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Treatment of Shigellosis: V. Comparison of Azithromycin and Ciprofloxacin: A Double-Blind, Randomized, Controlled Trial

Wasif Ali Khan, MB, BS; Carlos Seas, MD; Ujjwal Dhar, MB, BS; Mohammed Abdus Salam, MB, BS; and Michael L. Bennish, MD
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From the International Centre for Diarrhoeal Disease Research, Bangladesh, Dhaka, Bangladesh; Universidad Peruana Cayetano Heredia, Lima, Peru; and New England Medical Center, Boston, Massachusetts. Acknowledgments: The authors thank M. Begum for laboratory support; H. Kabir for assistance with data entry; and J.A. Herrington, J.A. Federici, and J.M. Remy for assaying drug concentrations. Grant Support: By the International Centre for Diarrhoeal Disease Research, Bangladesh, and by Pfizer, Inc. Dr. Seas was supported by a fellowship from the Swedish Agency for Research Cooperation with Developing Countries. Requests for Reprints: Michael Bennish, MD, New England Medical Center, 750 Washington Street, Box 091, Boston, MA 02111. Current Author Addresses: Drs. Khan, Dhar, and Salam: International Centre for Diarrhoeal Disease Research, Bangladesh, GPO Box 128, Dhaka 1000, Bangladesh.

Copyright ©2004 by the American College of Physicians

Ann Intern Med. 1997;126(9):697-703. doi:10.7326/0003-4819-126-9-199705010-00004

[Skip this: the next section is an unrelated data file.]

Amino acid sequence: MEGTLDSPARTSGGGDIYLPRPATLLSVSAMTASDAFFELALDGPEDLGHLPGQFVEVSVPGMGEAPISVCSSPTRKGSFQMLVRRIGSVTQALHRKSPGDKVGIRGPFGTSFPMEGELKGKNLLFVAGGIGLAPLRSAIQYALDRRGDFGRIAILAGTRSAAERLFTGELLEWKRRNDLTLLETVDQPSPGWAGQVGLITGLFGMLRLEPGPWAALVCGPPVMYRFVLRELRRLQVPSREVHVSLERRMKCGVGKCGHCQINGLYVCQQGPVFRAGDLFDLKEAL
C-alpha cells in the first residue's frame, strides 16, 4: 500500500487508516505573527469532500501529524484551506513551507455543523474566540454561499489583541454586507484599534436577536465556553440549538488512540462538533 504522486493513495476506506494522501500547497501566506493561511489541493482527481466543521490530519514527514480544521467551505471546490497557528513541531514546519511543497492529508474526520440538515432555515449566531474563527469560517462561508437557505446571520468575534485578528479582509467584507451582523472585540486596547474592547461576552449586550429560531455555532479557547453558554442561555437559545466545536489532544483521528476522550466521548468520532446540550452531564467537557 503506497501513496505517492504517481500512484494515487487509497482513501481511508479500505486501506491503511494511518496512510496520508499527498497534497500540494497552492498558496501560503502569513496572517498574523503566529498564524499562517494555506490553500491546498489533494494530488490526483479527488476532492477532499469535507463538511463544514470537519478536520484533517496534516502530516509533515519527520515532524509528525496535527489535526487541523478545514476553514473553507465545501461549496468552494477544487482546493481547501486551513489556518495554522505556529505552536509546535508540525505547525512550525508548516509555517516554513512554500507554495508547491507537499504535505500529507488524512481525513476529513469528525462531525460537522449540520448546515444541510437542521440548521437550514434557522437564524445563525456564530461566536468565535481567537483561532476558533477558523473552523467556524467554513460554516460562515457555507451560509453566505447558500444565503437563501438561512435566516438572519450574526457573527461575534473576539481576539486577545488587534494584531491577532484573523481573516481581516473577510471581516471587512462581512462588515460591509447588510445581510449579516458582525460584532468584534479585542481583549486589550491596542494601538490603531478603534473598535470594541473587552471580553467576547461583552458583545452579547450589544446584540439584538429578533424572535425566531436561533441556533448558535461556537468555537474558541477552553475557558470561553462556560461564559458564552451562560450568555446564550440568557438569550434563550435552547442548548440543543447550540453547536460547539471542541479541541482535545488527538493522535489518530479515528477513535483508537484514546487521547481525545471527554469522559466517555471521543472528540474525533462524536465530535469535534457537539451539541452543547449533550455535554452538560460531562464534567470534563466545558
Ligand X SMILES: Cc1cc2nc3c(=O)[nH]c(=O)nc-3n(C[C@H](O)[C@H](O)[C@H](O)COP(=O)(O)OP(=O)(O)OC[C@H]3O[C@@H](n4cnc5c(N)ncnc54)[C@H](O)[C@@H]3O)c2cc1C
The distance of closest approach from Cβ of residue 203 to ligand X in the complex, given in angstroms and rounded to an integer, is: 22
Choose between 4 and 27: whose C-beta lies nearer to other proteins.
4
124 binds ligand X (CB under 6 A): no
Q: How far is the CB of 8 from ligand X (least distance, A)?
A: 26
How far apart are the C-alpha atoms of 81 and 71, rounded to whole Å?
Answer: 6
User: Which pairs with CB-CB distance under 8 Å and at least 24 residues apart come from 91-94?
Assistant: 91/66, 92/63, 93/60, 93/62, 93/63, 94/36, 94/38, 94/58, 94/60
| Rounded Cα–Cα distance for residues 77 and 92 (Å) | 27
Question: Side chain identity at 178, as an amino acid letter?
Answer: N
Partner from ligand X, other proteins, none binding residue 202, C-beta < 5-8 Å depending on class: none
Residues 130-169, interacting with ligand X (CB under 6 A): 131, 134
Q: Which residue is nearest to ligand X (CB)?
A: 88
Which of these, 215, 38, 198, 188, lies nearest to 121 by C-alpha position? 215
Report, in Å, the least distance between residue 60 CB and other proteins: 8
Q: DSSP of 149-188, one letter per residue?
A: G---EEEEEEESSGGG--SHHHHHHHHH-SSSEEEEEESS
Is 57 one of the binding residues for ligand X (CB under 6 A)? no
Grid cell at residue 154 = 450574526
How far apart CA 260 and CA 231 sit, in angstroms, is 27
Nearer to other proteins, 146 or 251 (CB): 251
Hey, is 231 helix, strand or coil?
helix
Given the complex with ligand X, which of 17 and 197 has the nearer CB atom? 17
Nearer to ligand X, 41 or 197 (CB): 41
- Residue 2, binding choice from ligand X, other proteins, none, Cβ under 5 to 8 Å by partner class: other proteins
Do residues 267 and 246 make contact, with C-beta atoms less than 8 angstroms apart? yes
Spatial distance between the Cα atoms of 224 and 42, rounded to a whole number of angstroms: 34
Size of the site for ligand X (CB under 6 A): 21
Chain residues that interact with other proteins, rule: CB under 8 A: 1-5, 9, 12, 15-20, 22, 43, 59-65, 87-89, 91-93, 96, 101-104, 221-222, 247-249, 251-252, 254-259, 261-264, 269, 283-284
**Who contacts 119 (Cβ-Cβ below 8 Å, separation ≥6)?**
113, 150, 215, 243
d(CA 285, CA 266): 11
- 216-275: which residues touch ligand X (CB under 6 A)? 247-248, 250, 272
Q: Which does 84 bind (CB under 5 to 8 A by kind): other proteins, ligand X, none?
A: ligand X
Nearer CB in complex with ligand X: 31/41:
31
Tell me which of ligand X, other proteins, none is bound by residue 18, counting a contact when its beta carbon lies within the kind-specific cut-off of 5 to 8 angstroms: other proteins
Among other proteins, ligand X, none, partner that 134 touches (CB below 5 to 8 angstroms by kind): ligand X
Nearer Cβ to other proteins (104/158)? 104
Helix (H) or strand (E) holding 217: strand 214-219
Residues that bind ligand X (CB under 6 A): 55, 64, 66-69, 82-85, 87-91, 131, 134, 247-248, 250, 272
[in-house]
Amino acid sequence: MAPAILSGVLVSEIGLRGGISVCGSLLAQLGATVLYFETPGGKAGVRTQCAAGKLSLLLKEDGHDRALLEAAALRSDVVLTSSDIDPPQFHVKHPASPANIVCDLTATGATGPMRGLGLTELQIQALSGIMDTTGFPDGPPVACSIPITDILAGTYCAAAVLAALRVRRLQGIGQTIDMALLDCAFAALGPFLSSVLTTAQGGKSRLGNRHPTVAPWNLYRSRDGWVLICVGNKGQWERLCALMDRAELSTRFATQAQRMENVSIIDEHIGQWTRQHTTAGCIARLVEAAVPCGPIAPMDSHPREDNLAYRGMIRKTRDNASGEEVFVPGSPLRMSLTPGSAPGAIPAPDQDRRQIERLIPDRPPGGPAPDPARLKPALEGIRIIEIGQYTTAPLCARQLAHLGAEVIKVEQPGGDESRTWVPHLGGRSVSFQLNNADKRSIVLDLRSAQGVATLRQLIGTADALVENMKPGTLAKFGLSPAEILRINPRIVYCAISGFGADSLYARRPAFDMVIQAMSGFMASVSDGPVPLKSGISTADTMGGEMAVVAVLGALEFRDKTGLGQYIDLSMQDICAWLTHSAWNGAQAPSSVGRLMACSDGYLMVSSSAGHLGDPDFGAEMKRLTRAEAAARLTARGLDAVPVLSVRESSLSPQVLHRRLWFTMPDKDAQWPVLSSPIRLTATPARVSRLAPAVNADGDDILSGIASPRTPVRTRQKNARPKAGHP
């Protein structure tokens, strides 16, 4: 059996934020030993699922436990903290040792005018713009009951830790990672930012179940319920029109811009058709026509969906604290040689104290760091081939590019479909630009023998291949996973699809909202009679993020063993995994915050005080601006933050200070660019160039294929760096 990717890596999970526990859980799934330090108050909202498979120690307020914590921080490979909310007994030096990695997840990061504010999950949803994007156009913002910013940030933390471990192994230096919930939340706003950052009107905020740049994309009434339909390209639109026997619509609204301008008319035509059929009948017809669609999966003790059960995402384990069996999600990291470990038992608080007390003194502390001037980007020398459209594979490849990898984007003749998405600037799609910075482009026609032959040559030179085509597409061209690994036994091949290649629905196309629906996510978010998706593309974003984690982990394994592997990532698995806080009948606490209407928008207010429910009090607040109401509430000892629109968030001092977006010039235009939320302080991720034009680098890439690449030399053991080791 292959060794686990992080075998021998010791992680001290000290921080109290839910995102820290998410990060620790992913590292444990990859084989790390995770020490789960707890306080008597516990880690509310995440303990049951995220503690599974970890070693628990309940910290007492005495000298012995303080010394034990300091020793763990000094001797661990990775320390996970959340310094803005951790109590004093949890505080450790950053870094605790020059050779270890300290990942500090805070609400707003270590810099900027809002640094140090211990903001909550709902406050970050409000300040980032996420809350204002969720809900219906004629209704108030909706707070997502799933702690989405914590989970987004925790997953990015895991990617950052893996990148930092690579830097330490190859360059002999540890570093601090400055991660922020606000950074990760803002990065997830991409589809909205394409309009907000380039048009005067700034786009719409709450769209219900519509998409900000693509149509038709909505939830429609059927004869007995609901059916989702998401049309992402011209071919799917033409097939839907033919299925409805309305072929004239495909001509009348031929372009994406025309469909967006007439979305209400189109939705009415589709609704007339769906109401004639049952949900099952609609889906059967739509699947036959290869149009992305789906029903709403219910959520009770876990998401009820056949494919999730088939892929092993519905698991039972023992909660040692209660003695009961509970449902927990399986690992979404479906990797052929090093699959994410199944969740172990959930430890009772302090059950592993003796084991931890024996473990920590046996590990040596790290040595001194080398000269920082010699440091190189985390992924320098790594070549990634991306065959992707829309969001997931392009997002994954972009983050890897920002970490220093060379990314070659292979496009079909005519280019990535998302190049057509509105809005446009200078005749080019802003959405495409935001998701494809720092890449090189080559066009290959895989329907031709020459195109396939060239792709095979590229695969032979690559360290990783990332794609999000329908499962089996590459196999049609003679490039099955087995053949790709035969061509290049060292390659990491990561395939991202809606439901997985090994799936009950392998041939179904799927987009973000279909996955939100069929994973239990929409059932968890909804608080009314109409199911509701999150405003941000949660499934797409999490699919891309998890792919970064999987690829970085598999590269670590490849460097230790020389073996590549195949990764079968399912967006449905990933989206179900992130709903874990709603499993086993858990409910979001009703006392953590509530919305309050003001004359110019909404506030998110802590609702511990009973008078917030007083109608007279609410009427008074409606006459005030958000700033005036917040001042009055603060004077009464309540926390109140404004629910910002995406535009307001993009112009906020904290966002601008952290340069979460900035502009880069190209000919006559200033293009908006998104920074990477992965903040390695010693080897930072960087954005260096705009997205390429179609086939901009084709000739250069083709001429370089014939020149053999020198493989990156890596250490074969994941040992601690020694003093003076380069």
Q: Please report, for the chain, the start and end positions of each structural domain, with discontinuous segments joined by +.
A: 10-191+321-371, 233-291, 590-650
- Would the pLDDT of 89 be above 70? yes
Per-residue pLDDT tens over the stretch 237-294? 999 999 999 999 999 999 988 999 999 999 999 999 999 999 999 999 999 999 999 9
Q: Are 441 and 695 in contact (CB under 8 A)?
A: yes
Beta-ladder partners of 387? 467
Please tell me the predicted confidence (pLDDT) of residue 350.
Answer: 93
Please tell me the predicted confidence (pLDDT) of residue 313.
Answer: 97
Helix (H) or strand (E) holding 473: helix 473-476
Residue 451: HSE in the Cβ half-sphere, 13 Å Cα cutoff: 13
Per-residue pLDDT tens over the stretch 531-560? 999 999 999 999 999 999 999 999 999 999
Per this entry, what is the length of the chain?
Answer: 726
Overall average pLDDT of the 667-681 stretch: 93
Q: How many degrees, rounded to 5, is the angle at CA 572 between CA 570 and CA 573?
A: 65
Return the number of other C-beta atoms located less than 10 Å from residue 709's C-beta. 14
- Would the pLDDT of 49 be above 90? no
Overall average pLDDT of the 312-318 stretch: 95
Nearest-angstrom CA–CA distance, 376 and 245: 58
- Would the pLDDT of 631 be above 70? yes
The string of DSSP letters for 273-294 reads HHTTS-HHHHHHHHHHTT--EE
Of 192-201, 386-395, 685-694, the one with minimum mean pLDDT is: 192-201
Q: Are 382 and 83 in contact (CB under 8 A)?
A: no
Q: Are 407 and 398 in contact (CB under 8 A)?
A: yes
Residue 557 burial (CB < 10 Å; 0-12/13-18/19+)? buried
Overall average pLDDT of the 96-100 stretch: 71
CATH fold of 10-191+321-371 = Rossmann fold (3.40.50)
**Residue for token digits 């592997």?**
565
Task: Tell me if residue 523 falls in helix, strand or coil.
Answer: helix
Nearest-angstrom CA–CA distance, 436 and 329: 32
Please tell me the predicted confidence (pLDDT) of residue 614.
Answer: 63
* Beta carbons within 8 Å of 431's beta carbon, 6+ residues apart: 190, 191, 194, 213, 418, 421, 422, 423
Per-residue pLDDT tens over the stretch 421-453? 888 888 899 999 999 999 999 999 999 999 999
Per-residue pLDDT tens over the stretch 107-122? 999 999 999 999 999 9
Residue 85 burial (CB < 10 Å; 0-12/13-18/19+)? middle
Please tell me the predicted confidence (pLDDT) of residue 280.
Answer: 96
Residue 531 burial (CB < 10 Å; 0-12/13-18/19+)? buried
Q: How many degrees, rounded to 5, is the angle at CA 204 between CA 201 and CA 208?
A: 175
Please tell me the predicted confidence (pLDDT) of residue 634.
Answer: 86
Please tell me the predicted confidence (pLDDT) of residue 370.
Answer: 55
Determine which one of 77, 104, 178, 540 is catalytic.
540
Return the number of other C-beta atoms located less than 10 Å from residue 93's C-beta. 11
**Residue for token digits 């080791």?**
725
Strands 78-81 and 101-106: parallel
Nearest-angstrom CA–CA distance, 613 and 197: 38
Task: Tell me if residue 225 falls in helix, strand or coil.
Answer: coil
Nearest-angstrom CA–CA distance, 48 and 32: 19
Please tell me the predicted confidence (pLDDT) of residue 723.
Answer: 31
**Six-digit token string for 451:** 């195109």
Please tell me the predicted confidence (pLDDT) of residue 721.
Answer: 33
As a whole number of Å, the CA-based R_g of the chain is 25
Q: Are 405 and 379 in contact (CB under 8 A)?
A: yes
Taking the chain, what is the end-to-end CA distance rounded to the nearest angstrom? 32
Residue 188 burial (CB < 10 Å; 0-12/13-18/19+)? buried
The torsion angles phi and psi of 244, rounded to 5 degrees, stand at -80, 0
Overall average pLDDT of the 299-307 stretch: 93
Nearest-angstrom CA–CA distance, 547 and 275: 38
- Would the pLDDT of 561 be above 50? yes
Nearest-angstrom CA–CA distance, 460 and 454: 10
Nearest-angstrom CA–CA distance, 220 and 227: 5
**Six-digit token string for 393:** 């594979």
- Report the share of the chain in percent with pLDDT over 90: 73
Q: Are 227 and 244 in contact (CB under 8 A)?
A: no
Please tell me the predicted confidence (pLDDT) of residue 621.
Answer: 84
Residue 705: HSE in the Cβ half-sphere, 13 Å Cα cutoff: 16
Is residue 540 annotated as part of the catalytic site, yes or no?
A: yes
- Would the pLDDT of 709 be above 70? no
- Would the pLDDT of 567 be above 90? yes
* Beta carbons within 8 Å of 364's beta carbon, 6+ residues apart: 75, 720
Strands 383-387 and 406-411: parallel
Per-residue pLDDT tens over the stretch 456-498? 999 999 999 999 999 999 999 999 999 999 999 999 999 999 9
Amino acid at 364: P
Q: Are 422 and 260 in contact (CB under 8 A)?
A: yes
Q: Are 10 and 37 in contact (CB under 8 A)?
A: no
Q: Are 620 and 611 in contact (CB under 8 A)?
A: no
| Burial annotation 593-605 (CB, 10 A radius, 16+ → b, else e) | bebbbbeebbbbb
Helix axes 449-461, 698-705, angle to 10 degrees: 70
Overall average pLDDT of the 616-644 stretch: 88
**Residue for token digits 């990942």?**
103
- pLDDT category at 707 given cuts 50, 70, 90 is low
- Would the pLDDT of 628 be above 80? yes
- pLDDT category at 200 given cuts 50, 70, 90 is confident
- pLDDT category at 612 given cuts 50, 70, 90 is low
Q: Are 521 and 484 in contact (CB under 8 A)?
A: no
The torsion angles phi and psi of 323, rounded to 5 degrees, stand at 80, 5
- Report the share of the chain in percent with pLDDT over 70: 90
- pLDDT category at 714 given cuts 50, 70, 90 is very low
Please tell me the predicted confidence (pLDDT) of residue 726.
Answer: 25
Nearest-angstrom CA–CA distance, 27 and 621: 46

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Background: Treatment of shigellosis is currently limited by the high prevalence of multidrug-resistant strains of Shigella.

Objective: To determine the efficacy of azithromycin in the treatment of shigellosis.

Design: Randomized, double-blind clinical trial.

Setting: Diarrhea treatment center in Dhaka, Bangladesh.

Patients: 70 men with shigellosis that had lasted 72 hours or less.

Interventions: Patients stayed in the hospital for 6 days. Thirty-four patients were randomly assigned to receive 500 mg of azithromycin on study day 1, followed by 250 mg once daily for 4 days; 36 patients were assigned to receive 500 mg of ciprofloxacin every 12 hours for 5 days.

Measurements: Clinical treatment failure was considered to have occurred if frank dysentery persisted for 72 hours after therapy began or if on study day 5 a patient had more than six stools, had any bloody-mucoid stools, had more than one watery stool, or had an oral body temperature exceeding 37.8 °C. Bacteriologic treatment failure was considered to have occurred if Shigella strains could be isolated from a stool sample after study day 2. Therapy was considered either clinically or bacteriologically successful in patients who completed therapy and did not meet criteria for failure.

Results: Therapy was clinically successful in 28 (82%) patients who received azithromycin and 32 (89%) patients who received ciprofloxacin (difference, −7%[95% CI, −23% to 10%]). Therapy was bacteriologically successful in 32 (94%) patients receiving azithromycin and 36 (100%) patients receiving ciprofloxacin (difference, −6%[CI, −14% to 2%]). Peak serum concentrations of azithromycin were equal to the minimum inhibitory concentration (MIC) of the infecting Shigella strains, whereas serum concentrations of ciprofloxacin were 28 times the MIC. Stool concentrations of both drugs were more than 200 times the MIC.

Conclusion: Azithromycin is effective in the treatment of moderate to severe shigellosis caused by multidrug-resistant Shigella strains.





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